Wednesday, May 13, 2009

It's the business model, stupid.

So, Al Giordano has a post up entitled Black and White and Dead All Over over at his website, and frankly, it's tiresome, and simple-minded, in the extreme.
The basic gist: Newspapers are folding, becoming online editions, and generally exhibiting acute signs of suffering. And what that means, per Giordano -- who is out on the speaking circuit -- is that a thousand flowers will bloom in the absence of dead-tree media.

First, to be kind, let's stipulate where he and I agree.
a) The fall and trouble associated with papers is widespread, rampant, destructive of contemporary journalism, and the informed public will suffer as a result.

Okay, that was a short list. Here's where he and I disagree.
a) That journalists had it coming because we were all of us in the pocket of corporate media. That's simply not true at the local level, or even at the regional level. Most of us -- as in 99% were trying to do a good job.

b) That the Internet has now flanked print media. Also untrue. Newspapers and magazines continue to offer sound journalism because -- drumroll -- they throw resources after trusted reporters who know they're onto something. The blogosphere is great for opinion, often deep insight, and when it comes to breaking news -- sadly late. There are exceptions, but they prove the rule. Josh Micah Marshall over at TalkingPointsMemo.com is the exception for his tenacity in following the State Attorney Scandal. Individual journalists like Walter Pincus, and his contemporaries are the exceptions because they have deep wells of contacts. Most of the Internet blogosphere have a small network of contacts that are useful, occasionally, for breaking news. But not consistently. Moreover, the blogosphere has few resources to do vital things like file FOIA requests, go to meetings, network on the payroll, etc. -- the typical things journalists do when in the field that waiting for AdSense bucks has not yet been able to duplicate.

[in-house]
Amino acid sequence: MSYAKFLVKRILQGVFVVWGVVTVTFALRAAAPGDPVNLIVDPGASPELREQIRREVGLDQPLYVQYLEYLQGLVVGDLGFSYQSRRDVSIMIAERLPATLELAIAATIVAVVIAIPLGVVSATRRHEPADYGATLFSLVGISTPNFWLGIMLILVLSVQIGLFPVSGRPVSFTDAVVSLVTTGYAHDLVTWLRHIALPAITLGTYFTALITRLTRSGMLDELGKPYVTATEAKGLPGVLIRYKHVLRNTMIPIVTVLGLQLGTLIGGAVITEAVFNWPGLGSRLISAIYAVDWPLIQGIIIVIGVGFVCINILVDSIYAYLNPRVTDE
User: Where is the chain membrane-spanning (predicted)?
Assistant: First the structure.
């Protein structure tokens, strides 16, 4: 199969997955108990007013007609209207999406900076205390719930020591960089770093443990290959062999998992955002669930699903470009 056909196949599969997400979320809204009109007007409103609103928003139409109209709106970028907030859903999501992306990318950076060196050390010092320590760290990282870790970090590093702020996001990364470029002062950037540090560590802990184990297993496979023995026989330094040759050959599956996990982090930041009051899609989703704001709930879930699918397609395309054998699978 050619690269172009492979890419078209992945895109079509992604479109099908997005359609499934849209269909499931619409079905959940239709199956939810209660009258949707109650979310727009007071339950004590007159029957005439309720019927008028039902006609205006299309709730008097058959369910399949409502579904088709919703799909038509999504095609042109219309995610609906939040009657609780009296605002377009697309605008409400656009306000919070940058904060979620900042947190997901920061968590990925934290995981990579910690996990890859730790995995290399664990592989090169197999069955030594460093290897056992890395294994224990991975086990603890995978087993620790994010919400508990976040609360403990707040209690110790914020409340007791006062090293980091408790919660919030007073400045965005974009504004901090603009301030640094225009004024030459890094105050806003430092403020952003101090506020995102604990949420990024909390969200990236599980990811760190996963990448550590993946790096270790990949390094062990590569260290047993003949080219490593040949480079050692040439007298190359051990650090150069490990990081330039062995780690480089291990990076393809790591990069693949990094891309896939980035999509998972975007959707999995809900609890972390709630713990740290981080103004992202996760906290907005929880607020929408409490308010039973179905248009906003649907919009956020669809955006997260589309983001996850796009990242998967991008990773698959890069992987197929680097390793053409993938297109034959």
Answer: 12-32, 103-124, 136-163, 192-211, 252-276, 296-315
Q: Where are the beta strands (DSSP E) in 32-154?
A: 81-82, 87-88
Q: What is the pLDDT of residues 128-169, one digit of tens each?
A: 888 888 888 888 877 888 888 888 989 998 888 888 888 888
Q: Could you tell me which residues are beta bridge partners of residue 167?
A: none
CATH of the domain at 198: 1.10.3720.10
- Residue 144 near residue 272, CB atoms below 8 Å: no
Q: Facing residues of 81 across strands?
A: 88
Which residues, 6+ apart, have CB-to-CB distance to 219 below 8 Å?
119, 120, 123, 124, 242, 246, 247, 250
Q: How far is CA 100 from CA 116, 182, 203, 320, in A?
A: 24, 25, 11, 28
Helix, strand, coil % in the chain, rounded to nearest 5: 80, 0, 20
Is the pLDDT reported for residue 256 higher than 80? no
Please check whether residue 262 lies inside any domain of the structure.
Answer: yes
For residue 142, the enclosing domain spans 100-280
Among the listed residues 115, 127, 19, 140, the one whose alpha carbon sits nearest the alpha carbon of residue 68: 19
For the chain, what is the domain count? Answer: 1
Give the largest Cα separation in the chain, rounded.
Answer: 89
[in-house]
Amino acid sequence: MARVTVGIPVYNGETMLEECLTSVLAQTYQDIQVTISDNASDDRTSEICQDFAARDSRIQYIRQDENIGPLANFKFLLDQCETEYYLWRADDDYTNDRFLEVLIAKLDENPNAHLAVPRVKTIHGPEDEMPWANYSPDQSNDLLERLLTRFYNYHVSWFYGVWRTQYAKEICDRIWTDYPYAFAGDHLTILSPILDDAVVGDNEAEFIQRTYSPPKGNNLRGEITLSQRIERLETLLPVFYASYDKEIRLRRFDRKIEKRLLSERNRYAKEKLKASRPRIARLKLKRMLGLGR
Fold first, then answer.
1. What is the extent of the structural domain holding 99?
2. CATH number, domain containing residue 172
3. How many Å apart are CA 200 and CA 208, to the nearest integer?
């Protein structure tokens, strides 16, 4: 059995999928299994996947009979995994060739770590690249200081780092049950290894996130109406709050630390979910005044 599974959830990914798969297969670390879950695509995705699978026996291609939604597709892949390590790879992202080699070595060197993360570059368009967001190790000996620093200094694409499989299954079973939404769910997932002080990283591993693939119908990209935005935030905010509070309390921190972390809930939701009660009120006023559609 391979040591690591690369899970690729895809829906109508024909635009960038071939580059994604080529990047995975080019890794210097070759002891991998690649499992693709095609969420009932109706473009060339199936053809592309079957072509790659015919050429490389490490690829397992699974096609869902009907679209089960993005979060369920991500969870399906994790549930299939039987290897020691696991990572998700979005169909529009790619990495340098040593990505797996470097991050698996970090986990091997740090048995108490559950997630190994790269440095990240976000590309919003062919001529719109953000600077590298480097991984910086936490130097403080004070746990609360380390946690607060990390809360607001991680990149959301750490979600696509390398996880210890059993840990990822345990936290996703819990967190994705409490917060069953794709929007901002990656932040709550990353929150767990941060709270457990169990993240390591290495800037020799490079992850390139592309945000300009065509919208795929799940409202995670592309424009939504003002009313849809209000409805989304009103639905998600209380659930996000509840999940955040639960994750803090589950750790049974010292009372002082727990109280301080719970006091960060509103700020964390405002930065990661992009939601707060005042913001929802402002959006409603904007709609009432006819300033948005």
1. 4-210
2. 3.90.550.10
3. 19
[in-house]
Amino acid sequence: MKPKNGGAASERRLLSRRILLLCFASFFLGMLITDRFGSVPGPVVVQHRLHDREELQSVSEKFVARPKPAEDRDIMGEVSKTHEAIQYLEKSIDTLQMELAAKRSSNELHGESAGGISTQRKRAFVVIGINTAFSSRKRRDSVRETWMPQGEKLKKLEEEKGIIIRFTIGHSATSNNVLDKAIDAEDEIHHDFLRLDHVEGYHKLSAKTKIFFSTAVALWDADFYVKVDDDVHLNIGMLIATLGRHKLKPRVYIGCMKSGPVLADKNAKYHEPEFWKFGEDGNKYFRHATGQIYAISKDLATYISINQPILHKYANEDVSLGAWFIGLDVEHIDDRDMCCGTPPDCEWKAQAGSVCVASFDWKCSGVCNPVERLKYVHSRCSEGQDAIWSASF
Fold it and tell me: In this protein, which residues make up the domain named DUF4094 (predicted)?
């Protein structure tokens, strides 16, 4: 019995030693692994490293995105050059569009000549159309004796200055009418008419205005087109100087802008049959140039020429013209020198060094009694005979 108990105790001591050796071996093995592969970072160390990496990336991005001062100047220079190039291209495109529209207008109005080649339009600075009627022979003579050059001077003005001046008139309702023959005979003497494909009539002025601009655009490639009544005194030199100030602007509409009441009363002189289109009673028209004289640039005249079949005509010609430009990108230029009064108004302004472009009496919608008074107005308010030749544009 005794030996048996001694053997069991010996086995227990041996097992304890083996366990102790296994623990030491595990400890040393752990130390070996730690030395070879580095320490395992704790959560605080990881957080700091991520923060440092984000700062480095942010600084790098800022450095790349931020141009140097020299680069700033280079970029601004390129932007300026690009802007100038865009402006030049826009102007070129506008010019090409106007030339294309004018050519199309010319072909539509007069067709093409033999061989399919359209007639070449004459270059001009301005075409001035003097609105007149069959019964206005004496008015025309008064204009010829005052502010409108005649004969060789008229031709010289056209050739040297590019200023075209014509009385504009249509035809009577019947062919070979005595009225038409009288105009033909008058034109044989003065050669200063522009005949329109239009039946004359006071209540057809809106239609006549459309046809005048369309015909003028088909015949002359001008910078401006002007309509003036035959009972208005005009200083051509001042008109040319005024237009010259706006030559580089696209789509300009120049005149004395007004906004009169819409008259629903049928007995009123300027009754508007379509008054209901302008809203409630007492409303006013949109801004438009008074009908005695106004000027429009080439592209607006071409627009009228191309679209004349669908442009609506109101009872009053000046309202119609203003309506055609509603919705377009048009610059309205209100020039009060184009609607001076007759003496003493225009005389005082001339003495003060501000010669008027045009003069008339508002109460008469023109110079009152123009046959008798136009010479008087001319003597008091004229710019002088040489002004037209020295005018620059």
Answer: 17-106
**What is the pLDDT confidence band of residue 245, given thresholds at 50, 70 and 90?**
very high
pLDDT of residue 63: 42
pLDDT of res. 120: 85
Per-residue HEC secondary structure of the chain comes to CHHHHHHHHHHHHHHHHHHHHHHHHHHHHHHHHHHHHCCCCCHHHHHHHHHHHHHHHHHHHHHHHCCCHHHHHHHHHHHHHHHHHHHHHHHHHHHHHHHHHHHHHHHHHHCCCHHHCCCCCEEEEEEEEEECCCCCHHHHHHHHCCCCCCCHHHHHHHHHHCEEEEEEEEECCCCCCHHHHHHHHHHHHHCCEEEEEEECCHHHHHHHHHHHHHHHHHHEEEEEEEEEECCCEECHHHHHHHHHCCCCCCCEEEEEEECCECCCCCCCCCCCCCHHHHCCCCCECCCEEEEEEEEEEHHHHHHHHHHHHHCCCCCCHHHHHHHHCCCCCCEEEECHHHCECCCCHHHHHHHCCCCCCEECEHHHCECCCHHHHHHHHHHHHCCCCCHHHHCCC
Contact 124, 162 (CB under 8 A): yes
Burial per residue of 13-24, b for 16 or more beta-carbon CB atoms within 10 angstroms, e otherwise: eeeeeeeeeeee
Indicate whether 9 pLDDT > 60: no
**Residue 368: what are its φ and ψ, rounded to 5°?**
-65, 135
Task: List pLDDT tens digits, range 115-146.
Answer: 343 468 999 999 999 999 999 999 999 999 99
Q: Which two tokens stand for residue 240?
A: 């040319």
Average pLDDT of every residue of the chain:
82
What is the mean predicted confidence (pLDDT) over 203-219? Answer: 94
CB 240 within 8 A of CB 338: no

c) That the sooner the traditional media are gone that it will create a vast wellspring for the blogger to pick up stories. Actually, here, he and I agree, but only partially. Yes, if traditional media die, this will create an opportunity for the blogger. But only if they die, which implies that while traditional media continues to limp onward, that the blogger is shut out. Surely, if traditional media die, those with something to say will have to come to the blogger, and then the tireless blogger will receive a well-deserved scoop. But until then, sources (especially whistleblowers) will continue to gravitate to the news outlets where their statements can have the widest impact.

All of this cuts to the twin issues of audience and revenue model. It stands to reason that audience=dollars/n, where n is a four to ten digit number. What is important to note is that AdSense is not a revenue model for the individual contributor, unless they have a trust fund, live with their parents, or have become independently wealthy.

Nor have any other revenue models appeared that supplant AdSense, and until Google collapses -- of which it shows few signs -- there likely won't be any models that can supplant AdSense.
AdSense will always favor the momentary attention spike versus the truly valuable -- ie, first draft of history -- journalism, because most people would rather be entertained than informed. Don't get me wrong: I'd rather be entertained than informed, but I'm informed because I know I must be in order to be remotely valuable to society. Being well-informed is always a sacrifice of pleasure, although, I will admit that being even moderately well-informed is its own, twisted reward.

The other thing is that the fate of over-leveraged national media outlets is not necessarily indicative of the overall state of journalism. It's indicative of being over-leveraged.

Bottom-line, until a business model is found for individual correspondents to live on more than the ramen diet, the thousand flowers Mr. Giordano proposes will never bloom.

They'll never even sprout.

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